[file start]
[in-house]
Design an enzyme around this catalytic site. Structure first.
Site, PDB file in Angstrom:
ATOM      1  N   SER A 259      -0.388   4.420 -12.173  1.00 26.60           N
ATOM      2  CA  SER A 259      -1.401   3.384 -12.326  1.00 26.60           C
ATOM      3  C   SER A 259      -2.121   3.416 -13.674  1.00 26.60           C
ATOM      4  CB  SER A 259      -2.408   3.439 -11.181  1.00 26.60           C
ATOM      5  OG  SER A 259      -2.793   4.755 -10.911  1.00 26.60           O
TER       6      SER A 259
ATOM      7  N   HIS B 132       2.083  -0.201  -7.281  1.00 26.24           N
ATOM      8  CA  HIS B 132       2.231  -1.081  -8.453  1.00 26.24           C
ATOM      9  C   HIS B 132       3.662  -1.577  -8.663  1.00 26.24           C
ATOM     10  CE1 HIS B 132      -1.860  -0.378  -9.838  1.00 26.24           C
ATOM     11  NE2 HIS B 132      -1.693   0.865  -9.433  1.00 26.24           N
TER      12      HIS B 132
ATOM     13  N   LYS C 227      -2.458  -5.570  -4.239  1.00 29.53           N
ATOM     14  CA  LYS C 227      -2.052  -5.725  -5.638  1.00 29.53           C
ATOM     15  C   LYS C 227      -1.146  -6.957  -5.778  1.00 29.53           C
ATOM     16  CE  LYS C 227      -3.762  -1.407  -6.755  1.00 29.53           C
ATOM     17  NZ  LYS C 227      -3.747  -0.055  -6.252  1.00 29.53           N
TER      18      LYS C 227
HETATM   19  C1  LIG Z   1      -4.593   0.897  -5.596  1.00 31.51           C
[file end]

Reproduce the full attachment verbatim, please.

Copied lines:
[in-house]
Design an enzyme around this catalytic site. Structure first.
Site, PDB file in Angstrom:
ATOM      1  N   SER A 259      -0.388   4.420 -12.173  1.00 26.60           N
ATOM      2  CA  SER A 259      -1.401   3.384 -12.326  1.00 26.60           C
ATOM      3  C   SER A 259      -2.121   3.416 -13.674  1.00 26.60           C
ATOM      4  CB  SER A 259      -2.408   3.439 -11.181  1.00 26.60           C
ATOM      5  OG  SER A 259      -2.793   4.755 -10.911  1.00 26.60           O
TER       6      SER A 259
ATOM      7  N   HIS B 132       2.083  -0.201  -7.281  1.00 26.24           N
ATOM      8  CA  HIS B 132       2.231  -1.081  -8.453  1.00 26.24           C
ATOM      9  C   HIS B 132       3.662  -1.577  -8.663  1.00 26.24           C
ATOM     10  CE1 HIS B 132      -1.860  -0.378  -9.838  1.00 26.24           C
ATOM     11  NE2 HIS B 132      -1.693   0.865  -9.433  1.00 26.24           N
TER      12      HIS B 132
ATOM     13  N   LYS C 227      -2.458  -5.570  -4.239  1.00 29.53           N
ATOM     14  CA  LYS C 227      -2.052  -5.725  -5.638  1.00 29.53           C
ATOM     15  C   LYS C 227      -1.146  -6.957  -5.778  1.00 29.53           C
ATOM     16  CE  LYS C 227      -3.762  -1.407  -6.755  1.00 29.53           C
ATOM     17  NZ  LYS C 227      -3.747  -0.055  -6.252  1.00 29.53           N
TER      18      LYS C 227
HETATM   19  C1  LIG Z   1      -4.593   0.897  -5.596  1.00 31.51           C